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The winner takes it all
Published in Ahram Online on 19 - 11 - 2019

Qualifying for the Olympic Games is the dream of any athlete. Tomorrow, Friday 22 November at Cairo International Stadium, three young national football teams will see their dreams come true after they book their tickets to Japan where they will represent Africa at the 2020 Olympic Games in Tokyo.
Who will be making the journey will be confirmed on Friday when the play-off match for third place takes place at 4pm Cairo local time, followed by the final which is scheduled for 8pm. The games are part of the 2019 Total U-23 Africa Cup of Nations being hosted by Egypt.
The two finalists and the third-place finisher will go to Tokyo. The winner not only goes to the Olympics but will be declared the champion of the tournament.
In between the two matches, the closing ceremony should see another spectacular as was the opening, performed by renowned singer Tamer Hosni.
The two-week tournament reached the semi-final stage on Tuesday 19 November, the day Al-Ahram Weekly went to press and before the matches ended. Hosts Egypt took on South Africa while Cote d'Ivoire locked horns with Ghana. The winners on Tuesday would thus have confirmed their place in Tokyo, joined by the winner of the third place playoff right before the final.
Hosts Egypt are looking for their 12th football appearance in the Olympic Games, an African record. Its best finish was fourth place in Amsterdam 1928 and Tokyo itself back in 1964. But just as important for the young pharaohs is also winning the African title after the senior team failed miserably in their quest at the seniors Africa Cup of Nations which was held this summer in Egypt. It was South Africa that booted Egypt out of the senior tournament; the two are at it again in the junior championship. South Africa has just two previous Olympic appearances, failing to go past the group stage in both of them.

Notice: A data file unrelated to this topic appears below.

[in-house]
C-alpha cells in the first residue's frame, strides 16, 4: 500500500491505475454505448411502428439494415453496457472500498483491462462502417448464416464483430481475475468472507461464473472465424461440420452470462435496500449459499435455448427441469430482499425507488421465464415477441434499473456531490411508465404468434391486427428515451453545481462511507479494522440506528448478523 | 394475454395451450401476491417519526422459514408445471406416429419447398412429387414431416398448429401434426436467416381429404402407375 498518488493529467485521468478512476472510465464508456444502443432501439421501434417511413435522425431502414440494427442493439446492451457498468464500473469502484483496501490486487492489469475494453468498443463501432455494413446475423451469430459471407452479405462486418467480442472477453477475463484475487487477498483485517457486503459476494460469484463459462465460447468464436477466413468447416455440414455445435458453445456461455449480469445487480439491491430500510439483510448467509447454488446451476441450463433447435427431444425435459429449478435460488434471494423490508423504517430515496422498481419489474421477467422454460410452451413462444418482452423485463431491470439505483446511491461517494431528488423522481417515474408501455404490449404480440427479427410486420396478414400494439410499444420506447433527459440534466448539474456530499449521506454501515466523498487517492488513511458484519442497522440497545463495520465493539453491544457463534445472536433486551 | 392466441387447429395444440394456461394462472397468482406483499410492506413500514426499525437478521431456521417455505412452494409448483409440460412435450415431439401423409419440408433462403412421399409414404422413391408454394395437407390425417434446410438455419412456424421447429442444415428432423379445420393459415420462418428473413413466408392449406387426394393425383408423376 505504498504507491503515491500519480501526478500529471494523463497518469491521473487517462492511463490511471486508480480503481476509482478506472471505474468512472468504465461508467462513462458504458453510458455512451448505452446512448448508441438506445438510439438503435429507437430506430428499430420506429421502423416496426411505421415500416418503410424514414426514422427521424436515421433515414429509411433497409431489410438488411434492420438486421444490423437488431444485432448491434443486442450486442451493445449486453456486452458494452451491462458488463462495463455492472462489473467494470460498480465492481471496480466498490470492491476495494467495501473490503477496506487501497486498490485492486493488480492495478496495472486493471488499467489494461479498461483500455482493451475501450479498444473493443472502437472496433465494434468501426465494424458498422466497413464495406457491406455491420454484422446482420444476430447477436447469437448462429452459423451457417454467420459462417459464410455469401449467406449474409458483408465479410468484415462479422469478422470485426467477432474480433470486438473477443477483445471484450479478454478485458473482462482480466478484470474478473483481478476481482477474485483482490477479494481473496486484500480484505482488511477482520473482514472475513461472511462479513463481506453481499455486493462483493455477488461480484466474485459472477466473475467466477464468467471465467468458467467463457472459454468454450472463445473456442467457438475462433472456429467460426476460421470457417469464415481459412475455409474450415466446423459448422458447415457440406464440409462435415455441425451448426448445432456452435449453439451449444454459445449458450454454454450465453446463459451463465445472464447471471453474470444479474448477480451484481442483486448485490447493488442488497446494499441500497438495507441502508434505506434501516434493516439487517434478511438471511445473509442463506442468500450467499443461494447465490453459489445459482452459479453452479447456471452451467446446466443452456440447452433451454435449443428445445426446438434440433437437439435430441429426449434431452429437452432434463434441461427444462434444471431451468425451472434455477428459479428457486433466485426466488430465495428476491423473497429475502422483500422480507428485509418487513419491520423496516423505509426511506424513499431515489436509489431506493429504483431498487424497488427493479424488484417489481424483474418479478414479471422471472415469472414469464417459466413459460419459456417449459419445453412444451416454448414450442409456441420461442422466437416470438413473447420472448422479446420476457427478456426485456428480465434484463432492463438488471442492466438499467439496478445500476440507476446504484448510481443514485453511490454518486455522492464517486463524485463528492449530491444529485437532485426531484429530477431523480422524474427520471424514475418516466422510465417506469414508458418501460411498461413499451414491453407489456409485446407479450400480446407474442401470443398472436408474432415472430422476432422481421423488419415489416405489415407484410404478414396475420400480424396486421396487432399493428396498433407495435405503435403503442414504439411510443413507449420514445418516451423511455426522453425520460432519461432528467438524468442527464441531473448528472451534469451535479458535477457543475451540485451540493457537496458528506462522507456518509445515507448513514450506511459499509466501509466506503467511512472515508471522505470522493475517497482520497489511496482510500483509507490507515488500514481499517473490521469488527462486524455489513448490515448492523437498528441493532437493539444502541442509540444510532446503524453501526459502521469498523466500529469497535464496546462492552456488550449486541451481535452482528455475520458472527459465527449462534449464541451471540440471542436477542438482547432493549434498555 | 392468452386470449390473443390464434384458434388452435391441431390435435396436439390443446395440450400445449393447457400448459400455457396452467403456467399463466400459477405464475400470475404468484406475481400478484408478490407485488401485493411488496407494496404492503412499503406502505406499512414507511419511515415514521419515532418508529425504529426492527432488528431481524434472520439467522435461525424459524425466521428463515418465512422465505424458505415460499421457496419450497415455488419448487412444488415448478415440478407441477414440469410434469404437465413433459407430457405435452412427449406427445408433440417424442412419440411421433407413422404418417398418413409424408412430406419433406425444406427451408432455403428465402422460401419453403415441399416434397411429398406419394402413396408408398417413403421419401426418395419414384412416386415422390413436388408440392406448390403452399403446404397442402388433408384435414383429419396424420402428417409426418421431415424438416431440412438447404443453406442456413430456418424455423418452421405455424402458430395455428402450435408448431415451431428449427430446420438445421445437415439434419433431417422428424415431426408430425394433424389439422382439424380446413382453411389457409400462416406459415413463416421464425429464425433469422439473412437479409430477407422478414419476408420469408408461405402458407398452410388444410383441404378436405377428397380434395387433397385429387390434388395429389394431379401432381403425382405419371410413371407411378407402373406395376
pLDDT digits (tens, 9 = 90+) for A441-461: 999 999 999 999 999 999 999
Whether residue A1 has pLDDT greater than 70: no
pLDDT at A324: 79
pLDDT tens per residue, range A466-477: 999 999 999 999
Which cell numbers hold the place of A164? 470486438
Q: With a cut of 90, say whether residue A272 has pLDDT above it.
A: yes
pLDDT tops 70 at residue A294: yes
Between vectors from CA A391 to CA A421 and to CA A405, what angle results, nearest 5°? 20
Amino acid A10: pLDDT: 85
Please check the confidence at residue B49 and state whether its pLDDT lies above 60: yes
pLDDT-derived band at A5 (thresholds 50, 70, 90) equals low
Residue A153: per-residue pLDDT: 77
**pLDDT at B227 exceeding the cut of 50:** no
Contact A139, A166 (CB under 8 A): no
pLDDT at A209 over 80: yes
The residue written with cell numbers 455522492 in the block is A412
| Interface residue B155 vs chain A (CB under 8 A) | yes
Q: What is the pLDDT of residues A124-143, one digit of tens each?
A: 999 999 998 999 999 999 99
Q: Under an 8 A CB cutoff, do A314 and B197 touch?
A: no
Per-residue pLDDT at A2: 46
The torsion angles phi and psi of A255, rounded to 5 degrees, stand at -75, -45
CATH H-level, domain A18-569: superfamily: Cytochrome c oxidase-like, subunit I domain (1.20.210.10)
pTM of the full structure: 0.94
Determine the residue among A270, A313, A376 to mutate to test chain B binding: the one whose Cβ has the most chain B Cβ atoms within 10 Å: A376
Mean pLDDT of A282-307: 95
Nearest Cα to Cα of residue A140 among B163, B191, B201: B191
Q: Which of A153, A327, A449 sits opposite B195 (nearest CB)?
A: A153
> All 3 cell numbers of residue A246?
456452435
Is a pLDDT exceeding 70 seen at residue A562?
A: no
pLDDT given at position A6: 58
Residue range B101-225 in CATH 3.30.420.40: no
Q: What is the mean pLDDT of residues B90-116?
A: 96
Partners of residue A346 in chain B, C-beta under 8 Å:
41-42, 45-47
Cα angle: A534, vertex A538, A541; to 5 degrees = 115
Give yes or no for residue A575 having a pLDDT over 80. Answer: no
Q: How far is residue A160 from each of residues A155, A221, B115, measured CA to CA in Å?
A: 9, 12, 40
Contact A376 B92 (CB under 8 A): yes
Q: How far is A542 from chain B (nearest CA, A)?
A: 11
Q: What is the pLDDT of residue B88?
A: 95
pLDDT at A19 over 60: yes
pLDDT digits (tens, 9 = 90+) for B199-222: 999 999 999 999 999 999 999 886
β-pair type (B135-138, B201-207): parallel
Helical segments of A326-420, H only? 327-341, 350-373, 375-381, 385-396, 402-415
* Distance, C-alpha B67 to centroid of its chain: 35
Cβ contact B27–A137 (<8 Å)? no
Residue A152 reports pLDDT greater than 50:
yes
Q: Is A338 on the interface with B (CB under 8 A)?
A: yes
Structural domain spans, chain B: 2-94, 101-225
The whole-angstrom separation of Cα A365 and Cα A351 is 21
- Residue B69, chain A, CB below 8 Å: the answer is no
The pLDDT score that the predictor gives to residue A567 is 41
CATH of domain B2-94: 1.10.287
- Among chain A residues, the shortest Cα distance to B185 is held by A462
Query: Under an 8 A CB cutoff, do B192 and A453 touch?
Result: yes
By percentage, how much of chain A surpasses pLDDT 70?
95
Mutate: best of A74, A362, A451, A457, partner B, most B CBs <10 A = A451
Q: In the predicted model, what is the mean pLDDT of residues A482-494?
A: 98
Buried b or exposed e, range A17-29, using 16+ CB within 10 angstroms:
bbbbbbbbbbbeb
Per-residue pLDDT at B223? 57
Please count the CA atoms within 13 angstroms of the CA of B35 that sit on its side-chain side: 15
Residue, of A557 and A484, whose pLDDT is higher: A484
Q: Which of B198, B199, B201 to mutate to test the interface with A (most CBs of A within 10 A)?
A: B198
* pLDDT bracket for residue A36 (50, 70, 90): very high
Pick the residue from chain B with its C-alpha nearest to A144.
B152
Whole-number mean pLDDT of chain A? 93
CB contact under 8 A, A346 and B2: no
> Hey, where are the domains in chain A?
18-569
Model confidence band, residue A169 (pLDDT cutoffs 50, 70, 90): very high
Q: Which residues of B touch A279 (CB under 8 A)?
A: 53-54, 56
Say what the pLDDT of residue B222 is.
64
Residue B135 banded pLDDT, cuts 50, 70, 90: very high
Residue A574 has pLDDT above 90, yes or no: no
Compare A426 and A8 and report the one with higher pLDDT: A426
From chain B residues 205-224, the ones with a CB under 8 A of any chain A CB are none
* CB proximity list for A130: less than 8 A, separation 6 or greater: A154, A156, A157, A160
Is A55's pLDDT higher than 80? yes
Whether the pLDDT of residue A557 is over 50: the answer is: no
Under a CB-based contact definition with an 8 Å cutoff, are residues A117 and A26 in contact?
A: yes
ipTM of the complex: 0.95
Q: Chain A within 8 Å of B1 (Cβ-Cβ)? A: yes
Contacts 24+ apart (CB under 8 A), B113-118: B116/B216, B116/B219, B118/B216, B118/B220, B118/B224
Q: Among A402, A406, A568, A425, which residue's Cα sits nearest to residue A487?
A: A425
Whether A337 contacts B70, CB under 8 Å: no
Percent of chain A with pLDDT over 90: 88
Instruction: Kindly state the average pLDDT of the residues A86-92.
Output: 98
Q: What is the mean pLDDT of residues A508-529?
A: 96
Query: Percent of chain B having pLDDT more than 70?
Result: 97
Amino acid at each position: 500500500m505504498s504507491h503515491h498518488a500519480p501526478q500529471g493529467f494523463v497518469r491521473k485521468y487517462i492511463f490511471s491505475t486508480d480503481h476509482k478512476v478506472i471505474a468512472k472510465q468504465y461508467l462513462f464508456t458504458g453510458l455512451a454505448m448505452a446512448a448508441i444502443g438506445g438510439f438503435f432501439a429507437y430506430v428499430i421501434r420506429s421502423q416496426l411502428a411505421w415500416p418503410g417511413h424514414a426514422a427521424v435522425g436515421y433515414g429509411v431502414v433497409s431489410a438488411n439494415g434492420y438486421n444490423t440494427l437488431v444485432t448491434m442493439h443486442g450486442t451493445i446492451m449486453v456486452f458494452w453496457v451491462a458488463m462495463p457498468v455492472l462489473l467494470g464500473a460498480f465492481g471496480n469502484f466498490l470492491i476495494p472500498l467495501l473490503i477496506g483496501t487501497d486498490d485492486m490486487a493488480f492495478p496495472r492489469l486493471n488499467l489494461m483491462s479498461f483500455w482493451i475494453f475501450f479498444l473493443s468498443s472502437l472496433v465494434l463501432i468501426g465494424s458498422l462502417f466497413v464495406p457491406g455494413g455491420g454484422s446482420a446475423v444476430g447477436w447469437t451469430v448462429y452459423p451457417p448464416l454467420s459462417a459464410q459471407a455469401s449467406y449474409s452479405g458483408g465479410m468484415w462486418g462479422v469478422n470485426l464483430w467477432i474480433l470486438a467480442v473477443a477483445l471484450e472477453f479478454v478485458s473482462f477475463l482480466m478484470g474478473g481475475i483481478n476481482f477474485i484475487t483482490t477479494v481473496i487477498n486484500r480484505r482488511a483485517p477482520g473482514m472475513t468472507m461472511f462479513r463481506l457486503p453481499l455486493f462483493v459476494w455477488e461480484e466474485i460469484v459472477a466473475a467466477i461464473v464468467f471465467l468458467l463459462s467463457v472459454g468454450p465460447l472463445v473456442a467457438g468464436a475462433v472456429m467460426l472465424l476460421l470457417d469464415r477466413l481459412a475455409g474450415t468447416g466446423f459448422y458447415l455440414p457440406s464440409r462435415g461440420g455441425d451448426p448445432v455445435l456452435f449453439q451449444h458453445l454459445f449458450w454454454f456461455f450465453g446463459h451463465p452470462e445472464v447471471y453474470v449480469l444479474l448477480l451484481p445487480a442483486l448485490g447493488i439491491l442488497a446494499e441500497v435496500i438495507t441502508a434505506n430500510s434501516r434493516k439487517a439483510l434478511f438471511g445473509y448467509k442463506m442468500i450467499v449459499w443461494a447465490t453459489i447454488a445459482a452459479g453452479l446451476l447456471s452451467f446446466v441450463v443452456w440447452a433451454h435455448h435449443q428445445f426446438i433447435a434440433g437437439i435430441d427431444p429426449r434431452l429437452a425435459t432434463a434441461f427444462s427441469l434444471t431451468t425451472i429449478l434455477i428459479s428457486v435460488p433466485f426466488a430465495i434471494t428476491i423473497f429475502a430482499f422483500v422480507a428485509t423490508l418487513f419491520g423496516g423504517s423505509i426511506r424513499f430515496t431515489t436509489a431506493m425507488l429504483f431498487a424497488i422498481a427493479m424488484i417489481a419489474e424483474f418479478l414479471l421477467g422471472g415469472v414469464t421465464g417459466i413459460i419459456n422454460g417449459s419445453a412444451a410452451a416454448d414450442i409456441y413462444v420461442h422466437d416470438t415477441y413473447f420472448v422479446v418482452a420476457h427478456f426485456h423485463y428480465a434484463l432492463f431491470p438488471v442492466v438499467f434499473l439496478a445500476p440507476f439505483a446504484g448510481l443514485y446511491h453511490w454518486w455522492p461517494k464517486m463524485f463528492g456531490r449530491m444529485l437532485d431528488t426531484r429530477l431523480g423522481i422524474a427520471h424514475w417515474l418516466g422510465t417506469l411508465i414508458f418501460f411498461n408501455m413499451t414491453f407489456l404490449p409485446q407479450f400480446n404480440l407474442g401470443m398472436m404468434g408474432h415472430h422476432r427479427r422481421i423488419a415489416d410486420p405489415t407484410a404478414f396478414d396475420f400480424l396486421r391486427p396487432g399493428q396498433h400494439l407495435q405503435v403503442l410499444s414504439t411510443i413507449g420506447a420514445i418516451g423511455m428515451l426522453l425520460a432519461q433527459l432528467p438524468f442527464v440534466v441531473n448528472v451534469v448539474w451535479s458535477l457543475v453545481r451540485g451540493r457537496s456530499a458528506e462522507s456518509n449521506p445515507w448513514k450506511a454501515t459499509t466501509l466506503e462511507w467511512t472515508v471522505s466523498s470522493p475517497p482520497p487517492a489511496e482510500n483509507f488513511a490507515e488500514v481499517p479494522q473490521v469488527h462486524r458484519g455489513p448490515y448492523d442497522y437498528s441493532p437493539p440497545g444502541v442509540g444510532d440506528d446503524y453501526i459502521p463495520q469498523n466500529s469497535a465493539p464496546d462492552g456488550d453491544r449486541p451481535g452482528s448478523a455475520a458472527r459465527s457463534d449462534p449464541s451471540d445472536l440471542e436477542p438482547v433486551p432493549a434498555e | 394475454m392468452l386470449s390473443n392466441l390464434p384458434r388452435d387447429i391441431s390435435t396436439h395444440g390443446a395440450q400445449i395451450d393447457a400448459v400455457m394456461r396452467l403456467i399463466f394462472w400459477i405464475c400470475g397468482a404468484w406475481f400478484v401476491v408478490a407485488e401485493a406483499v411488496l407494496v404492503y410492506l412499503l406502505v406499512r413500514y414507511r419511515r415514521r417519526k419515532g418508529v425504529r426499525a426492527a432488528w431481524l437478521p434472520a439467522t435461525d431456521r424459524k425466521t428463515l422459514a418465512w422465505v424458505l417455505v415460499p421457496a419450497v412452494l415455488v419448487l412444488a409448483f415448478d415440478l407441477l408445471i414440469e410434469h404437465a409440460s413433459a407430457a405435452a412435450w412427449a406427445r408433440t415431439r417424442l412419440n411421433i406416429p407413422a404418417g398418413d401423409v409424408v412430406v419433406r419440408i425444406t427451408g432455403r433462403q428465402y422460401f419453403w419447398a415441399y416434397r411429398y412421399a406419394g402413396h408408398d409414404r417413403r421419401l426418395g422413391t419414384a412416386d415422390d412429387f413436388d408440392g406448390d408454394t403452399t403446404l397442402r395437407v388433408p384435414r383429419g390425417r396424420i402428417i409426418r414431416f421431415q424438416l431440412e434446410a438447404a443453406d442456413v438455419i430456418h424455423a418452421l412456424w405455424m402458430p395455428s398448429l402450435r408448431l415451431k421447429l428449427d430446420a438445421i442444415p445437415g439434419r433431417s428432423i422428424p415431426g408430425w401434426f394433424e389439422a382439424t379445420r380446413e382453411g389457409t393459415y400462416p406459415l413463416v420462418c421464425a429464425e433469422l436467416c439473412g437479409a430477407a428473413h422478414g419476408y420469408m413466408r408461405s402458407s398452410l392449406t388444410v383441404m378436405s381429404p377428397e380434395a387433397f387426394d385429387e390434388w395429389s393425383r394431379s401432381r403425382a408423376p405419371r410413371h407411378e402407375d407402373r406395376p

While the Egyptian team's main goal is qualifying for the Olympic Games, head coach Shawki Gharib is looking for a piece of history of his own. Gharib was in the squad as a player that represented Egypt at the Los Angeles Olympic Games in 1984. Winning the semi-final means a spot in the Olympics, this time as a coach.
The eight-team tournament, which kicked off on 8 November, witnessed a low-spectator turn out at the opening ceremony and the first two matches of the group stages. It was only when the Egyptian team stole the hearts of Egyptians with their impressive performance and their fighting spirit that things came alive. Egypt came back from behind twice to beat Ghana 3-1 in their second group match, when they became the talk of the town. They turned Cairo Stadium into a full house in the third group stage match in which Egypt beat Cameroon 2-0 to reach the semi-final.
The last four teams of the tournament — Egypt, South Africa, Ghana and Cote d'Ivoire — have all been to the Olympic Games before. But their history differs.
The Pharaohs first appeared in the Olympic Games a century ago, in Antwerp 1920, failing to get past the first round. They took part in Paris 1924 when they reached the quarter-finals and Amsterdam 1928 when they finished fourth.